From the mid-1700s onwards, fermented wine would be fortified by cane sugar spirit or aguardente rather than the French or Spanish 96% rectified spirit mandatory these days (use of cane sugar spirit was banned in 1967). The fortified wine is known as vinho generoso and its alcohol is between 14° and 18°. The richer the Madeira, the earlier the fortification, so Malmsey might be fortified just a few hours after fermentation to preserve sweetness, whereas Sercial would be fermented dry. It had long been known that heat from the sun meliorated the wine, and initially storehouses were built with glass-panelled roofs to replicate the effect. In 1794, Pantaleão Fernandes introduced estufas, wherein the wine was heated by flues to around 70°C or even 80°C in a hot store or armazem de calor. Without any stipulation on temperature, unscrupulous shippers seeking shortcuts were tempted to excessively heat the wine so that Madeira could be produced rapidly and cheaply, potentially compromising quality. Concern was expressed by the likes of John Leacock and others, and indeed, estufas were forbidden for a short period of time. Thankfully, a decree issued in 1835 introduced temperature regulation: around 5°C per day up to a minimum of 40°C and a maximum of 50°C for a minimum of three months. Estufas are still used today for the finest Madeira, while ceramic or epoxy-lined concrete tanks are employed for larger, more commercial volumes. After cooling, the Madeira rests for 12 to 18 months, a period known as estágio, after which it is fined and racked, then transferred and matured in wooden casks or large tuns.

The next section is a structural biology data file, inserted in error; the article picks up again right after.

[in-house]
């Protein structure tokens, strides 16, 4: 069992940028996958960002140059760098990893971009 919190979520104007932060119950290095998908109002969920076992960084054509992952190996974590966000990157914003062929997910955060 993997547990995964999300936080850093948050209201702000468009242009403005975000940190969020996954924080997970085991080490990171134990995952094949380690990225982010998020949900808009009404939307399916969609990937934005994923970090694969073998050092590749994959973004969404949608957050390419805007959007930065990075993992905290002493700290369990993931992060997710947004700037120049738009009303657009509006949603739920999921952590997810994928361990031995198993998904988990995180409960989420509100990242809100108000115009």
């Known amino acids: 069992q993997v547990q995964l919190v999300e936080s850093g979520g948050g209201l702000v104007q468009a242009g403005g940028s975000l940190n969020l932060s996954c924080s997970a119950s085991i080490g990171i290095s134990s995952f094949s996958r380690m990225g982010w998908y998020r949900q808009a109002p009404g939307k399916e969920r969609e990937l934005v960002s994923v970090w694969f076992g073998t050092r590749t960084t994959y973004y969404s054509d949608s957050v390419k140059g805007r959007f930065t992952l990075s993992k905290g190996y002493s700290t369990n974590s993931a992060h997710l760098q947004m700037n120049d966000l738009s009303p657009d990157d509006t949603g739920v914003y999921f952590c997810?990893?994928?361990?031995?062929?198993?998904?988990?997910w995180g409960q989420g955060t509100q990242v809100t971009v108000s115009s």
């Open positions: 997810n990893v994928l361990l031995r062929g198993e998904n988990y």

Madeira has a unique relationship with oxygen. This nemesis of ordinary wine plays a crucial role in the maturation of Madeira, an invisible scalpel that shapes its personality over years and decades. There is no negative connotation to the word “maderization” here. The chemical process is complex and not fully understood. Essentially, the ingress of oxygen through the pores of the wooden vessel is extremely slow (Liddell aptly describes the wood as a “filter”). The high levels of acidity and alcohol are gradually stabilized by oxygen and prevent the formation of acetic acid. Oxygen also reacts with proteins and amino acids to form an array of chemicals and aldehydes that lend Madeira its character. Eventually, Madeira becomes completely stable and unaffected by further exposure to oxygen, thereby guaranteeing that when you or I crack open a bottle, it will hardly have changed over weeks or months or maybe even years.
Blandy’s lodge in Funchal, where various lots of Madeira age in ancient wooden barrels and demijohns.